Lethal osteoporosis drug scam — EXPOSED!

How many more studies like this have to come out before mainstream medicine gets a clue — and gets rid of osteoporosis drugs once and for all?

I’ve said it before, but I’ll say it again: Prescription biphosphonates — like Boniva, Fosamax, or Actonel — are a total scam. Unless, of course, you consider a higher risk of fractures to be an acceptable side effect for a drug that’s supposed to strengthen your bone density.

And unfortunately, yet another new study is illustrating this lethal catch-22.

As part of a recent review published in Current Geriatrics Reports, a team of orthopedic surgeons gave a rundown on the risks of popular osteoporosis medications. Their focus was on atypical femur fractures — a break in the thigh bone that occurs with little or no force. (But a whole lot of pain.)

On average, the researchers found these fractures started cropping up within three years of starting osteoporosis drugs. And these doctors propose “immediate cessation of biphosphonates” as the first step in treating atypical femur fractures.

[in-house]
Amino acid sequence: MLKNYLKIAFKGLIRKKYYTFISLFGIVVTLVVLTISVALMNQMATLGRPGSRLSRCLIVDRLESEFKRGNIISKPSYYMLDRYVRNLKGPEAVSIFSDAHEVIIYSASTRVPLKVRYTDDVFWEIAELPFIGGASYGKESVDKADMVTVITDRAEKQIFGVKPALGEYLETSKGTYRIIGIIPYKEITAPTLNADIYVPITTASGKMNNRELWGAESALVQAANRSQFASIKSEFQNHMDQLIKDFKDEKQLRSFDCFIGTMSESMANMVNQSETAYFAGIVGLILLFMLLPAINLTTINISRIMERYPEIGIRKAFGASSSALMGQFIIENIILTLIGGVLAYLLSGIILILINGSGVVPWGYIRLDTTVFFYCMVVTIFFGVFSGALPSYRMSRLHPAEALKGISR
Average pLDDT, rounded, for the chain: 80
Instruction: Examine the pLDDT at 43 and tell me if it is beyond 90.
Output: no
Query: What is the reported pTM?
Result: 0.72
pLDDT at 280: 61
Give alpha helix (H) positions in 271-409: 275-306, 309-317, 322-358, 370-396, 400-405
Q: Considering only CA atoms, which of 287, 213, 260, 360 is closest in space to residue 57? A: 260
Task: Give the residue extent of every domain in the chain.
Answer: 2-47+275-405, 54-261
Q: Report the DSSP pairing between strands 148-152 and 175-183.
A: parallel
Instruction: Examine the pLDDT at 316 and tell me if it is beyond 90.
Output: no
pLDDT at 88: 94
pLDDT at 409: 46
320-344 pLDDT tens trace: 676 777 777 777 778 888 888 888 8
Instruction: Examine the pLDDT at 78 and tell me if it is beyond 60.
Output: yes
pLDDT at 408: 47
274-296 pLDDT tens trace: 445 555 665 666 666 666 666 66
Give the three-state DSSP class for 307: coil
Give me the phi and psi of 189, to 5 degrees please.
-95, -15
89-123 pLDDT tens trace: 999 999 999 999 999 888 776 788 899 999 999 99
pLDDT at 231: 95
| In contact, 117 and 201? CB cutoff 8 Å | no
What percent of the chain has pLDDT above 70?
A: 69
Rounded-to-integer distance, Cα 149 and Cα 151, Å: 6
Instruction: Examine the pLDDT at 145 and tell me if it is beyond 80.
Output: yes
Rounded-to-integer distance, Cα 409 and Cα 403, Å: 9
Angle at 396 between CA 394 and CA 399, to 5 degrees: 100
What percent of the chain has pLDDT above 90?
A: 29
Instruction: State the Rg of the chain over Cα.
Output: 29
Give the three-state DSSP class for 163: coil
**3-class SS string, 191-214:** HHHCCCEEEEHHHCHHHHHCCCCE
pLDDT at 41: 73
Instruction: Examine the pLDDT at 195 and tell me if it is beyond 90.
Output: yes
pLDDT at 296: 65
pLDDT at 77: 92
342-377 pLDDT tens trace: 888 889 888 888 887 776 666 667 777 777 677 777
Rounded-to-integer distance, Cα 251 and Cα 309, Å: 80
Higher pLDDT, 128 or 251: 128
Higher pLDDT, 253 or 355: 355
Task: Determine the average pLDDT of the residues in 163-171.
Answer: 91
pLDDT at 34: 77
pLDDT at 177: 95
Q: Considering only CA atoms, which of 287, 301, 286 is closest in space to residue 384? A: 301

Gee… you think?! How about just not using biphosphonates in the first place?

This review shines a much-needed spotlight on the lethal impact osteoporosis fractures can have in older adults. But research has proven, beyond a shadow of any doubt, that bisphosphonate drugs can CAUSE these fractures. So to suggest that they have any role in osteoporosis prevention borders on malpractice, if you ask me.

Particularly when you don’t need them at all. These researchers mention calcium and vitamin D as risk-free alternatives — and that’s certainly a good start. But if you want complete protection, don’t stop there.

As I’ve mentioned before, vitamin K is a critical ally. So is potassium citrate. And as I reminded you on Tuesday, don’t forget to get plenty of magnesium, too.

All of these simple nutrients strengthen your bones against fractures. And best of all, they won’t break the bank — or your femur.